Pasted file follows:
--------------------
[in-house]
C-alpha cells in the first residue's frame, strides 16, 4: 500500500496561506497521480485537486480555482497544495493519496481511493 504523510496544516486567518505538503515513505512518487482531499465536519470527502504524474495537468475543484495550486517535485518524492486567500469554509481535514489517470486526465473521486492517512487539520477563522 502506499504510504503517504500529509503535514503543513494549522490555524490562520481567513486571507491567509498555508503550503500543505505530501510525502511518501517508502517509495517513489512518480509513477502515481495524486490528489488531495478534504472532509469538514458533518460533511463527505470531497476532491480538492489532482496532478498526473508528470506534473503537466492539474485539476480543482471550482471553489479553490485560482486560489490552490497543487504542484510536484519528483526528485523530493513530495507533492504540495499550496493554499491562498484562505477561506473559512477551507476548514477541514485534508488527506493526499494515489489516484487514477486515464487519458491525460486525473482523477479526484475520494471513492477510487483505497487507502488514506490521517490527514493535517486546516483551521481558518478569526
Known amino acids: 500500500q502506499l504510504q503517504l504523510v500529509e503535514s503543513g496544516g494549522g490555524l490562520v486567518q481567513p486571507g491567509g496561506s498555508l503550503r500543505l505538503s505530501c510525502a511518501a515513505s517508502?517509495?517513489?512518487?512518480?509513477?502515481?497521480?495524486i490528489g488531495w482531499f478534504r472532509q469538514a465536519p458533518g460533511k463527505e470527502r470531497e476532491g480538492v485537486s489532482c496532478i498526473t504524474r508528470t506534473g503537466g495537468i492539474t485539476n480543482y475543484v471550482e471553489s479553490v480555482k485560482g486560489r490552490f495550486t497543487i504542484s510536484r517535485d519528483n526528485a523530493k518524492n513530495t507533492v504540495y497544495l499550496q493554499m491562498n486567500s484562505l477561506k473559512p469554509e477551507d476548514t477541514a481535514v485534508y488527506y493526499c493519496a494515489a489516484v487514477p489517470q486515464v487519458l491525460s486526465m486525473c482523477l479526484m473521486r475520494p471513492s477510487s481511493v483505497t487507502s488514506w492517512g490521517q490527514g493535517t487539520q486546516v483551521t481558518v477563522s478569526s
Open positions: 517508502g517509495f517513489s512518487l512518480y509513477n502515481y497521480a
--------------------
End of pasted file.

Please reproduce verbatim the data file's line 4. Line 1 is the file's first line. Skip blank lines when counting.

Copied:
Open positions: 517508502g517509495f517513489s512518487l512518480y509513477n502515481y497521480a